This is a period of change for everyone in academic settings.
Coming into the last week of the semester, I’m at a transition phase in many areas of my life, but especially in my work at the university. It is a transition in which I try to come to terms with the idea that because a semester ends, the work for my students and myself does not and should not end. Projects at the doctoral level and even at the Masters level are usually far to large to be constrained by four months of work. An IRB usually takes 4-6 weeks after a couple of weeks figuring out what we want to do if we can really figure that out in such a short period of time. At this point more than half the semester is usually passed by us. Further, the scope of doctoral projects is often large, lasting a year or more in some cases because there is no one simple question we seek answers to with our research and theoretical framing.
Thus, I’m seeking a different way to teach and one of my fellow faculty members is working with me on that starting next semester. We did some planning yesterday regarding how to address a possible cognitive apprenticeship model within our two courses by linking the work meaningfully between them. Further, the work we have done in my course this semester will follow several of my students to the next course and those that are not in the course will remain connected to the projects, working actively on them.
My challenge, as it was as a public school teacher, is that the old chronological structures of school are inappropriate to today’s requirements of work and learning. Telling someone they must fit everything into 42 minutes a day (middle school) or three hours a week (university) becomes absurd because it reinforces the idea that things should end within a set amount of time and that learning, work and even access to one another between students and instructors should be limited to that time in an old model student-instructor relationship. Rather than such a model, it makes more sense to recognize the goals of the PhD: produce independent, successful researchers, teachers, theorists, and writers. These are minimal requirements for the most part. There is also the development of professional relationships and building a network of peers and friends in the field and becoming acclimated to the unspoken norms and rules of the larger group of professionals. These are things that are hard to teach in a set period of time, especially through traditional relationships and structures.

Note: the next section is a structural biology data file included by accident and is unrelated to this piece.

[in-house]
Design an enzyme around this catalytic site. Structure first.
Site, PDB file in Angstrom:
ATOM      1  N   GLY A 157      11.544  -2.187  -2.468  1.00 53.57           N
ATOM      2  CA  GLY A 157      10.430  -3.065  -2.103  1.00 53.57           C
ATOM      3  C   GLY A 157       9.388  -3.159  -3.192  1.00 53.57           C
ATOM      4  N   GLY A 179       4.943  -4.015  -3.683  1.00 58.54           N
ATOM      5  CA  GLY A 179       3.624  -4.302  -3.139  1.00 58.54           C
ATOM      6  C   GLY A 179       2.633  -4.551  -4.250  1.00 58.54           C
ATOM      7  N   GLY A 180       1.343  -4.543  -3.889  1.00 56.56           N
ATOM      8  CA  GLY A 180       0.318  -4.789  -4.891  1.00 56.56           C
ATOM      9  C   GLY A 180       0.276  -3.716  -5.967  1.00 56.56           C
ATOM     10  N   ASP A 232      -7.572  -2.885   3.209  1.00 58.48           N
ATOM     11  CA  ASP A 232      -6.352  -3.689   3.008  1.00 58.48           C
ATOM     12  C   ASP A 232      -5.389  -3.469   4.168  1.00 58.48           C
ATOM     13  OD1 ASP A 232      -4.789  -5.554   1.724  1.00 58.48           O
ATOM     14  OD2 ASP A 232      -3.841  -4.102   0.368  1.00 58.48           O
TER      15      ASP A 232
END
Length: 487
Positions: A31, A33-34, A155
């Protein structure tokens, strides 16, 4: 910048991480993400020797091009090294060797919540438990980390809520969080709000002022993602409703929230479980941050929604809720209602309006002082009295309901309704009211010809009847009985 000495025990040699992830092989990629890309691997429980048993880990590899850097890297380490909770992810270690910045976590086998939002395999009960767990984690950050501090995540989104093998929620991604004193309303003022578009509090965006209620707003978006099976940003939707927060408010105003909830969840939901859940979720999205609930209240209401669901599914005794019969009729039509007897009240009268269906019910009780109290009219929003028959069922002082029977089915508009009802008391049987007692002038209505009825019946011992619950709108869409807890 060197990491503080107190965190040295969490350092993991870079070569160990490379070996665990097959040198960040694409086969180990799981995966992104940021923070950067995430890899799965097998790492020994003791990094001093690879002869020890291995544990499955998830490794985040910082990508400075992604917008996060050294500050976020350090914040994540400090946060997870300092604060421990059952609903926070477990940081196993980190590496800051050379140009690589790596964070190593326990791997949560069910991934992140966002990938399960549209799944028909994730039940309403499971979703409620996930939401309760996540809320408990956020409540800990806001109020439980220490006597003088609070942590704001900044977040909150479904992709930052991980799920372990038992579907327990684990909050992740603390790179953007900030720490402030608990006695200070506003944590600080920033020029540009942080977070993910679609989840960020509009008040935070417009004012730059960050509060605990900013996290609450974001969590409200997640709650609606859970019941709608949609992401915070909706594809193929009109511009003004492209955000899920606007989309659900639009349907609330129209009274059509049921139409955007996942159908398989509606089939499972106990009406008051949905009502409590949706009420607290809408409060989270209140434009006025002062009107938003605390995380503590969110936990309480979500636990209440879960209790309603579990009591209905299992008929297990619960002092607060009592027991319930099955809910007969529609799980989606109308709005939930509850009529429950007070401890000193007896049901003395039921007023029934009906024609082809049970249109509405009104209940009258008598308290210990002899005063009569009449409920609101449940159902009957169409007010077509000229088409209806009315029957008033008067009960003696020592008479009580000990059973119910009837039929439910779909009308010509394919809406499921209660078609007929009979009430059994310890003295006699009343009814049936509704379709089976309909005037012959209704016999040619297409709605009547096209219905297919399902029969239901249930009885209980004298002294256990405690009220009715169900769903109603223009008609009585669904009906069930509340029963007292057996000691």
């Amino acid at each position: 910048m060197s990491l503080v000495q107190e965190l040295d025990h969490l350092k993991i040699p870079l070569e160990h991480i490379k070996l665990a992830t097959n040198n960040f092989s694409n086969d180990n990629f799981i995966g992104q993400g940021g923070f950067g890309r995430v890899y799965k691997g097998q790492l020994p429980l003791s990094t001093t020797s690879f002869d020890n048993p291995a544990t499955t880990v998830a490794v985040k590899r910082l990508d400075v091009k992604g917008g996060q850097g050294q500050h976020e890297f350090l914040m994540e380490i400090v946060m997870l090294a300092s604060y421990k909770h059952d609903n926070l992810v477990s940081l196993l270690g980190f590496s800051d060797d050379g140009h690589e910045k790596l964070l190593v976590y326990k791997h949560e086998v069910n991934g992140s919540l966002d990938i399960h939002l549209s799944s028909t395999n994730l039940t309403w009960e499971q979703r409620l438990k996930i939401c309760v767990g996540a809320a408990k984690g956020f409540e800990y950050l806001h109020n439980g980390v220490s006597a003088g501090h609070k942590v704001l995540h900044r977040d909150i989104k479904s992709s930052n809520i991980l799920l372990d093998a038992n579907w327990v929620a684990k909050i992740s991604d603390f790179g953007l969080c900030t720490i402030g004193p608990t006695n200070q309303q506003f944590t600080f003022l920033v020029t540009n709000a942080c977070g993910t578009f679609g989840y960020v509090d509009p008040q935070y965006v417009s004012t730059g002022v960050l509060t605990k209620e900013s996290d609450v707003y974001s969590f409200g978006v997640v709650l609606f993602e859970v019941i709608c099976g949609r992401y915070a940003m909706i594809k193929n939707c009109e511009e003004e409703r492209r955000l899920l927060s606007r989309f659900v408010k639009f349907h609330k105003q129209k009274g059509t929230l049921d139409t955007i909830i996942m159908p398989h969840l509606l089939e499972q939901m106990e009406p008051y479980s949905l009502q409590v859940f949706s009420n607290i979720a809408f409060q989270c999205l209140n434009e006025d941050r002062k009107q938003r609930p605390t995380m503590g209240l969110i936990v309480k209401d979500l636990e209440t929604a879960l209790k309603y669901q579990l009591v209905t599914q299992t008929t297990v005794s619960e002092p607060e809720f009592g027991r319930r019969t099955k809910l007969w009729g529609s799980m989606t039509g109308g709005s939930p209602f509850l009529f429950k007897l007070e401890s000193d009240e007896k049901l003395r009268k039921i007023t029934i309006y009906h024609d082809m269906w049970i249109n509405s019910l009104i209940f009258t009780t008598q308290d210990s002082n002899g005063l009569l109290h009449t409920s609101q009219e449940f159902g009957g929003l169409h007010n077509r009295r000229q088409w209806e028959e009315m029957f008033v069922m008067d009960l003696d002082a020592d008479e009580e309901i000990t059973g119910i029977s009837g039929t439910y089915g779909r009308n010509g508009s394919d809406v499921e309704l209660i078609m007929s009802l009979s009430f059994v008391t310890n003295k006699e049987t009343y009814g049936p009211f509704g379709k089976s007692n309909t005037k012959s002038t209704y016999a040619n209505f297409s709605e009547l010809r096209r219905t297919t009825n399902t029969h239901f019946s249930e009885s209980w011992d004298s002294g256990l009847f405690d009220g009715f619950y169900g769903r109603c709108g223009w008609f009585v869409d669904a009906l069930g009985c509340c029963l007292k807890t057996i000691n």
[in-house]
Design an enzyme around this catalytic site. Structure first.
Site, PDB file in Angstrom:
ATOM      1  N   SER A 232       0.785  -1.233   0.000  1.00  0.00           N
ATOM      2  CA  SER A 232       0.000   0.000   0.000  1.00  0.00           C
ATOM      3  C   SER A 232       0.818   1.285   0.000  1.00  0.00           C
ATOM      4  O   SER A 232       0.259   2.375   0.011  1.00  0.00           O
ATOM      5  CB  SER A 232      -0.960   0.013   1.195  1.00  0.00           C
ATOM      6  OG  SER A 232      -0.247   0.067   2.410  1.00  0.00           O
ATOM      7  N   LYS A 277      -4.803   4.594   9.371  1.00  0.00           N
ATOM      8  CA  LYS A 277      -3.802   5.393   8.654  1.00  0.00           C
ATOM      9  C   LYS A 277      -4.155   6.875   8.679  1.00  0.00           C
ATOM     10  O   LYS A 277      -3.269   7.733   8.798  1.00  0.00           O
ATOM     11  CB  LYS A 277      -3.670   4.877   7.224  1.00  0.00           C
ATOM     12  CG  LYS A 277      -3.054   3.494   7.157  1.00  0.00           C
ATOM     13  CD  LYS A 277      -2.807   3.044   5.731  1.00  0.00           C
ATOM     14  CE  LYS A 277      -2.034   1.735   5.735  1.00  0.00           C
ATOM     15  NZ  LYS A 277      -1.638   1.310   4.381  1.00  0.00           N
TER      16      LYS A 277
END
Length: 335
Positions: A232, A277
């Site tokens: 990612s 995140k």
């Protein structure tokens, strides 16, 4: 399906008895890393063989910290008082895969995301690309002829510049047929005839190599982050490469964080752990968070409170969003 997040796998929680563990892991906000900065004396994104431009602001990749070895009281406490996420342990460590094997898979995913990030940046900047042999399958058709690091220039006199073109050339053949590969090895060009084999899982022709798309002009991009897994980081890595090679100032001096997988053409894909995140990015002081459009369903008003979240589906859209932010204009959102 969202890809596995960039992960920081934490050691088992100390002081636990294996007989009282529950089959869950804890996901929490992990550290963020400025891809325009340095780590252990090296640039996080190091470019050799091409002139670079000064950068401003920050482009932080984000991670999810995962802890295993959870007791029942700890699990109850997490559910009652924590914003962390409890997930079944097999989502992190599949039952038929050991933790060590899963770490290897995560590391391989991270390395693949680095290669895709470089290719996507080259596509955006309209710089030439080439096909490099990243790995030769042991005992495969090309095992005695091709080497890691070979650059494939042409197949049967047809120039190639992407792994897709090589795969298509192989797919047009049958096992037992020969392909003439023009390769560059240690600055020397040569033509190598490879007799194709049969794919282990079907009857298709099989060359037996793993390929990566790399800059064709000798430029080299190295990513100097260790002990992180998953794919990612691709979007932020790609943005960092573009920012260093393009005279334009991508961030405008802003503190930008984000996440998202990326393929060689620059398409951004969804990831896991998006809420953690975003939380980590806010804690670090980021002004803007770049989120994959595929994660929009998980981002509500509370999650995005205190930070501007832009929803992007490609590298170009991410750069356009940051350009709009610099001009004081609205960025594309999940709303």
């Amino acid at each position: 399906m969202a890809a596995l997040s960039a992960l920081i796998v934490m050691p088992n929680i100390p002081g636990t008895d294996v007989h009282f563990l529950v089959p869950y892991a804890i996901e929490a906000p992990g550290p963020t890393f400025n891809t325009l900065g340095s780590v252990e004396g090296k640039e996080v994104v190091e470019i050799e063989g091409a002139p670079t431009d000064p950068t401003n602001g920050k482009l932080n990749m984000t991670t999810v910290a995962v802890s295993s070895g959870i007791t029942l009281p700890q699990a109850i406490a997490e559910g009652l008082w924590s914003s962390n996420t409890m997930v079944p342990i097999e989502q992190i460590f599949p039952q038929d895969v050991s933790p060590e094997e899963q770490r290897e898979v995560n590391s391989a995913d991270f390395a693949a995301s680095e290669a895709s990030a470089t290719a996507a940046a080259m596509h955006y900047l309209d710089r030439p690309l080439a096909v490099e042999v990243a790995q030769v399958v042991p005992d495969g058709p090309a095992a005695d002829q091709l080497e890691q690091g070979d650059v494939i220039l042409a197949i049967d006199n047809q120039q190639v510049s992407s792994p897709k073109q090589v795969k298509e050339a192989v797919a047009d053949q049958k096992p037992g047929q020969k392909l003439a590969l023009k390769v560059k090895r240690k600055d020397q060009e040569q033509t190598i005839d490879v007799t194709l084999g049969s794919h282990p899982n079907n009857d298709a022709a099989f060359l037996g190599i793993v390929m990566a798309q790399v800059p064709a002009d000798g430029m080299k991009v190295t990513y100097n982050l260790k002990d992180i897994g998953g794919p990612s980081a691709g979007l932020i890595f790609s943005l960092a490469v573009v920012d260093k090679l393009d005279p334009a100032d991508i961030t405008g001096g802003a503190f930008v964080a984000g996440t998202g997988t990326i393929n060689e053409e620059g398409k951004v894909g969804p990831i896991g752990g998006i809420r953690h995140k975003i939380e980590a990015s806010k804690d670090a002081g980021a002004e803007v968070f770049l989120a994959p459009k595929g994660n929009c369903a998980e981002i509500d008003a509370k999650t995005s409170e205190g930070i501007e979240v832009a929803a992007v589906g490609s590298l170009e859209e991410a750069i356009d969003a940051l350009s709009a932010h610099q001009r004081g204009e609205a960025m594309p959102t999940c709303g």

I may have more experience and know more about the field and research than many of my students. However, there are many areas in which they know a lot more than I do. I can guide them and act, as Vygotsky framed it, a more learned other. However, to a large degree, we remain peers. I have much to learn from them and the professional relationship we need to build for them to be successful at the conclusion of this period in their lives as students should be different from how it is now. I would say “apprenticeship” is too strong a word. I am a fellow learner with the students I work with as a professor, not as was once conceived as a “professor of truth” or the one right way. That is ego in which one places their idea of power and knowledge above others, insisting on their “correct” view that should not be questioned, at least in the classroom.
There is no one right way and, for me, no one truth. Instead, there is a way of being that I believe should be open and seeking intersubjective agreement and the truths that exist for the duration of our time together.
I’m not sure where I’m going now as the transition begins, but I know where I’ve been uncomfortable and feeling strange. There has been learned a lot about what not to do and how not to think about how I and others work. What should the word be for this proposed relationship between today’s learner and today’s instructor? Perhaps a cognitive partnership as Jonassen begins to frame it in Computers in the Classroom (pg. 14-15), but with people instead of technology? It will require thinking on my part and the part of others I work with regularly.
Perhaps figuring out some of this can help with transitions in the other parts of my life as well.